3. when I say judgments of what to do should be handled scientifically,what you described is in fact what I meant-science will get you to the point where you know your health is on the line. What you decide to do with that information is up to you.
    The problem is that religion tends to interfere in that scientific reasoning - it will tell you for example that eating pork is forbidden without considering the scientific aspect and consequences of such an act-it may have been considered unhealthy or somehow problematic at some point in history but science progresses, yet religion stays put.
    When you talk about morality - that can also be dealt with scientifically. what I mean by that is that moral rules have an implication on the society in which one lives. science can try to predict those implications as is done in the field of game theory.When considering one's moral behaviour I believe those implications are of great essence. Again here religion misses many of the tools which have been developed by science in order to investigate and study morality.

    Regarding the claim of God's existence - again progress in scientific reasoning shed's light on that question, you can refer to Richard Dawkin's book - The God Delusion, and see that indeed scientists are still talking about it - I would claim that no question is outside the realm of rational inquiry or scientific inquiry

  4. Liza,
    It seems that at first you agreed with me and then contradicted yourself.
    As I wrote earlier, values dictate the end, science can provide the means.
    Regarding the abstention from pork: The fundamental reason that a person follows any of the Torah is his/her will is to have a relationship with God. That's the value. Relationship is based on doing His commandment. Therefore, by not eating pork I achieves this goal by definition. What information can science add? If abstention is bad for my health, then it's a matter of balancing out my values - like those smokers in my previous comment. An extreme case is when Judaism (and most value systems)requires one to give up his life in some circumstances.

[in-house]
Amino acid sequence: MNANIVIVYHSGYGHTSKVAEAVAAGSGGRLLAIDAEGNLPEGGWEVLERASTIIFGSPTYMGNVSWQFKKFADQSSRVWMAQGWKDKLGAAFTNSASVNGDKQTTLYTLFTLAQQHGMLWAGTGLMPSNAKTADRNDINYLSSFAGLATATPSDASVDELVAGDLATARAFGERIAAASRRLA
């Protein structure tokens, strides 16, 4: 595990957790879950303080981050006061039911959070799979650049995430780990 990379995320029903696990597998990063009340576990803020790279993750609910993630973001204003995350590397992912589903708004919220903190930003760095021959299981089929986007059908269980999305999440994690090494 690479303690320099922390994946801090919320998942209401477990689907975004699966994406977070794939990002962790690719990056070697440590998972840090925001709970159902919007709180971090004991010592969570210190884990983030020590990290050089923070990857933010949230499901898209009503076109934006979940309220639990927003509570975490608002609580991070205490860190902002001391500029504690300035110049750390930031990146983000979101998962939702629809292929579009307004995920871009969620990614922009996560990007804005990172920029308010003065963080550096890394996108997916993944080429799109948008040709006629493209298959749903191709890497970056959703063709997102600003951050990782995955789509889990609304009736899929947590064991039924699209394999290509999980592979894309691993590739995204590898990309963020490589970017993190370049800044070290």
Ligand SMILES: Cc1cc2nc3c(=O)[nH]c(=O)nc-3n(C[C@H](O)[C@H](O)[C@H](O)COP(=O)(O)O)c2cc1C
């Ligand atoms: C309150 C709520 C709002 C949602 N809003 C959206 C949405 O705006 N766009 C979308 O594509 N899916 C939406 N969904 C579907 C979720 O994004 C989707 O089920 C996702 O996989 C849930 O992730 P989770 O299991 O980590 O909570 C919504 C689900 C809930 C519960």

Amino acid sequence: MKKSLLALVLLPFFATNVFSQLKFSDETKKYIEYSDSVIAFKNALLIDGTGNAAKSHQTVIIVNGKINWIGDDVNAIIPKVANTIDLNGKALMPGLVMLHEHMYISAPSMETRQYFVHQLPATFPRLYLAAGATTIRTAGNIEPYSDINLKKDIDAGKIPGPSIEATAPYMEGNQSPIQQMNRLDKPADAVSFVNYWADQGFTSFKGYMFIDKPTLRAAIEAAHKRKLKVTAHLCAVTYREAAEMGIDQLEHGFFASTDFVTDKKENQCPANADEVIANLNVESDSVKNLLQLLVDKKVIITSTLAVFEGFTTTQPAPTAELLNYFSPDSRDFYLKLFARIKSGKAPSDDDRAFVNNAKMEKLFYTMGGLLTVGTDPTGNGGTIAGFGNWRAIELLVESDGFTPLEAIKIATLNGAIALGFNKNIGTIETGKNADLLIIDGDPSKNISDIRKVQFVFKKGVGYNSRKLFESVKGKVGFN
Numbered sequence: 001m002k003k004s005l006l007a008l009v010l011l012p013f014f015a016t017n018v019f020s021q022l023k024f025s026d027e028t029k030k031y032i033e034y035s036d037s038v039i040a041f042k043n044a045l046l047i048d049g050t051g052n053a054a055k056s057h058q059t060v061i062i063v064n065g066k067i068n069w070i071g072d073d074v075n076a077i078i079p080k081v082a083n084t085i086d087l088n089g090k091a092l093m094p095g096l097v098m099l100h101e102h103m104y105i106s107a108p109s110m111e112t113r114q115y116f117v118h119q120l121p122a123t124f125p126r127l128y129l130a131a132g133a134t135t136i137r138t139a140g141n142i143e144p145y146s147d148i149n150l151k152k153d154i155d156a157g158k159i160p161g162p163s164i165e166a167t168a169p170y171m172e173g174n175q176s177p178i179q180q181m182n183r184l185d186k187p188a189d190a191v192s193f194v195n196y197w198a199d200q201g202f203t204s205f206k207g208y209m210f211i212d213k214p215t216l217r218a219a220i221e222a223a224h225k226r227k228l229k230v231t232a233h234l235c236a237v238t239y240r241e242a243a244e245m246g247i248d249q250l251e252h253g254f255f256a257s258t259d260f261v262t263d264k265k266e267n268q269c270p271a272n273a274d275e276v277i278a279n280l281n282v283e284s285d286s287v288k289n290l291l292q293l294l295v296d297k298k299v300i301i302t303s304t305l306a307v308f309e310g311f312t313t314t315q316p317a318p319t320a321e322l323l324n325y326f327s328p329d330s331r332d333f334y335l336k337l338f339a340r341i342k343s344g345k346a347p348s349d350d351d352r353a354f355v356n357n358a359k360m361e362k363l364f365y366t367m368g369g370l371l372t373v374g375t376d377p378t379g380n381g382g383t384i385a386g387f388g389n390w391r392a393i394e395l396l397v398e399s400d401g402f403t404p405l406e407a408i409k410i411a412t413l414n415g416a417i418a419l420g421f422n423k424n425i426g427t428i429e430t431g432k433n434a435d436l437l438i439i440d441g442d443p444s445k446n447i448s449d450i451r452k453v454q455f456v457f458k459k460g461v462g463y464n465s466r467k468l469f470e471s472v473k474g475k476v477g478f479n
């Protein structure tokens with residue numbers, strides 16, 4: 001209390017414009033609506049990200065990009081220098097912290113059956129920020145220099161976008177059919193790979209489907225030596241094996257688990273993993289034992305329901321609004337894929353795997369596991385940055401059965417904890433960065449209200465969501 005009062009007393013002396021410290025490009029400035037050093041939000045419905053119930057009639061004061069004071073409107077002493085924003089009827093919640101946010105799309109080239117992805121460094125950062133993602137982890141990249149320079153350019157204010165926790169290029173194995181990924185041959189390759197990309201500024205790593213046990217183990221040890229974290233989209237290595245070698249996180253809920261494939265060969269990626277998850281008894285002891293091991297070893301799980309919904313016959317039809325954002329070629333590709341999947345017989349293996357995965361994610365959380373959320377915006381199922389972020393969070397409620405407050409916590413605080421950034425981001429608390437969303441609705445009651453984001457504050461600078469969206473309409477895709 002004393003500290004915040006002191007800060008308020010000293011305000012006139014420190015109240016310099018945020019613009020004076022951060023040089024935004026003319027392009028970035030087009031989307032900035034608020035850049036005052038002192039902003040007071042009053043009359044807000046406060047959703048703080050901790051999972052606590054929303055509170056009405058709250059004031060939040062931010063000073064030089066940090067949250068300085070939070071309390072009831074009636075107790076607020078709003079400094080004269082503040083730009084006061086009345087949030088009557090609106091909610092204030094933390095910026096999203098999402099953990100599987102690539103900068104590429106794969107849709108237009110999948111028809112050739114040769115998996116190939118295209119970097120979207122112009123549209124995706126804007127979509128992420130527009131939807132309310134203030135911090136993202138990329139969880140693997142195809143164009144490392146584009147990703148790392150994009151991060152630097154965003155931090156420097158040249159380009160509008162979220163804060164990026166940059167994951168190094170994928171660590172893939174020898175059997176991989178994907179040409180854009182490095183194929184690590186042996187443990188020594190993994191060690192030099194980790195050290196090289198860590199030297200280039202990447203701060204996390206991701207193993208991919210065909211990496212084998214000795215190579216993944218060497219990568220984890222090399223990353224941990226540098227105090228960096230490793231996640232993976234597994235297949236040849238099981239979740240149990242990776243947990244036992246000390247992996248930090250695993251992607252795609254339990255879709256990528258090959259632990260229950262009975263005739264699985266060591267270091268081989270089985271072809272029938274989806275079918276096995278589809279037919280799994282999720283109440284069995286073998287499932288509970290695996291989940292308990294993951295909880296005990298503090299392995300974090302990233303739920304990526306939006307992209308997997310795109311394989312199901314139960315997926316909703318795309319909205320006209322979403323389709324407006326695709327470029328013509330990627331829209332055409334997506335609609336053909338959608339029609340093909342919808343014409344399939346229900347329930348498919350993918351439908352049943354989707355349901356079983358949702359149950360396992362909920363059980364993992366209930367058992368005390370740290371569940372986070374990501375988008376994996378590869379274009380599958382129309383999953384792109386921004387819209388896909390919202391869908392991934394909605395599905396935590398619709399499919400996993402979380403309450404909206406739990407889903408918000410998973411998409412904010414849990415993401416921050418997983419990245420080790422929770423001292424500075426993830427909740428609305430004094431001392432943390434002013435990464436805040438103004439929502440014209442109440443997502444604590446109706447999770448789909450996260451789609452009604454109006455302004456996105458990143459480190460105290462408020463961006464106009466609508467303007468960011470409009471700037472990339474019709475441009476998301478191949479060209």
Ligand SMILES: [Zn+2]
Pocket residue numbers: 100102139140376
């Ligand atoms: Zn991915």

As for morality, I can't think of an example where contemporary science had anything to contribute in that field.

    Dawkins' new book in on my reading list. I have, however, read his previous books and articles. I can only comment that he does a very poor service to both science and to self proclaimed atheists alike. While his explanation of evolution is fascinating, his outlook to life is like that of an autistic person. If he cannot reduce something to atoms or genes he denies its existence. He therefore thinks that science can provide meaning and purpose to life, but as in the case of values vs. facts, meaning and purpose transcend scientific data.

  5. I searched for the contradiction mentioned without much luck.
    Regarding Dawkins - I mentioned him to show that your claim that "since the 17th century it's common opinion that the existence or non-existence of God is not a scientific claim" is problematic. His book and opinions are definitely worth a discussion as autistic as they might seem.

    Regarding science as a means for making moral decisions - what science can do and consistently has done through history is make us aware of the implications of the things we do - I hold the opinion which states that moral rules or any other kind of rule for that matter attains their justification from the way they effect society and individuals within that society.